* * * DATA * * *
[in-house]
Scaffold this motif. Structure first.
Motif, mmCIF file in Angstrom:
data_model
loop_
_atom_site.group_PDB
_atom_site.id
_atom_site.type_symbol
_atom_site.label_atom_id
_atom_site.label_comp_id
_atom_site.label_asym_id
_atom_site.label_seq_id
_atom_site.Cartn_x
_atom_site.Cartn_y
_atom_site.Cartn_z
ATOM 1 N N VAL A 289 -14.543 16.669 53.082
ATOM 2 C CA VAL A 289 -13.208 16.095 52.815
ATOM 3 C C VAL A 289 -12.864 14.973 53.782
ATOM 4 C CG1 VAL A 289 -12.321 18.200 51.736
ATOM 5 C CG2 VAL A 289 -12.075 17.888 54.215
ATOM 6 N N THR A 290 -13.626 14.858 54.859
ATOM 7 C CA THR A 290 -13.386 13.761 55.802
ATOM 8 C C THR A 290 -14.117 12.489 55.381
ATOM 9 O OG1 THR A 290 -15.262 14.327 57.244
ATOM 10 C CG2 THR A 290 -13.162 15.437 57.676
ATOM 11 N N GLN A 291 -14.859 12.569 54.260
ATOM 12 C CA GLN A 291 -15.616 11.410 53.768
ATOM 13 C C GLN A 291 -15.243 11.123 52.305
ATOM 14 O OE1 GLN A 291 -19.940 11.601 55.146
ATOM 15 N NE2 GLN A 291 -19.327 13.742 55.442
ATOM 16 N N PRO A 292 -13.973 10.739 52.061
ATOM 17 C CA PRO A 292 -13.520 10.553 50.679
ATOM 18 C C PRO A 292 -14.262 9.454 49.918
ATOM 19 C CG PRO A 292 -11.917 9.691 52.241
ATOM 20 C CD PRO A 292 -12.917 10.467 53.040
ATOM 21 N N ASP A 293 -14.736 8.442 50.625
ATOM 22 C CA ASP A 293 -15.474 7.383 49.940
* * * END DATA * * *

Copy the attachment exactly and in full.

[in-house]
Scaffold this motif. Structure first.
Motif, mmCIF file in Angstrom:
data_model
loop_
_atom_site.group_PDB
_atom_site.id
_atom_site.type_symbol
_atom_site.label_atom_id
_atom_site.label_comp_id
_atom_site.label_asym_id
_atom_site.label_seq_id
_atom_site.Cartn_x
_atom_site.Cartn_y
_atom_site.Cartn_z
ATOM 1 N N VAL A 289 -14.543 16.669 53.082
ATOM 2 C CA VAL A 289 -13.208 16.095 52.815
ATOM 3 C C VAL A 289 -12.864 14.973 53.782
ATOM 4 C CG1 VAL A 289 -12.321 18.200 51.736
ATOM 5 C CG2 VAL A 289 -12.075 17.888 54.215
ATOM 6 N N THR A 290 -13.626 14.858 54.859
ATOM 7 C CA THR A 290 -13.386 13.761 55.802
ATOM 8 C C THR A 290 -14.117 12.489 55.381
ATOM 9 O OG1 THR A 290 -15.262 14.327 57.244
ATOM 10 C CG2 THR A 290 -13.162 15.437 57.676
ATOM 11 N N GLN A 291 -14.859 12.569 54.260
ATOM 12 C CA GLN A 291 -15.616 11.410 53.768
ATOM 13 C C GLN A 291 -15.243 11.123 52.305
ATOM 14 O OE1 GLN A 291 -19.940 11.601 55.146
ATOM 15 N NE2 GLN A 291 -19.327 13.742 55.442
ATOM 16 N N PRO A 292 -13.973 10.739 52.061
ATOM 17 C CA PRO A 292 -13.520 10.553 50.679
ATOM 18 C C PRO A 292 -14.262 9.454 49.918
ATOM 19 C CG PRO A 292 -11.917 9.691 52.241
ATOM 20 C CD PRO A 292 -12.917 10.467 53.040
ATOM 21 N N ASP A 293 -14.736 8.442 50.625
ATOM 22 C CA ASP A 293 -15.474 7.383 49.940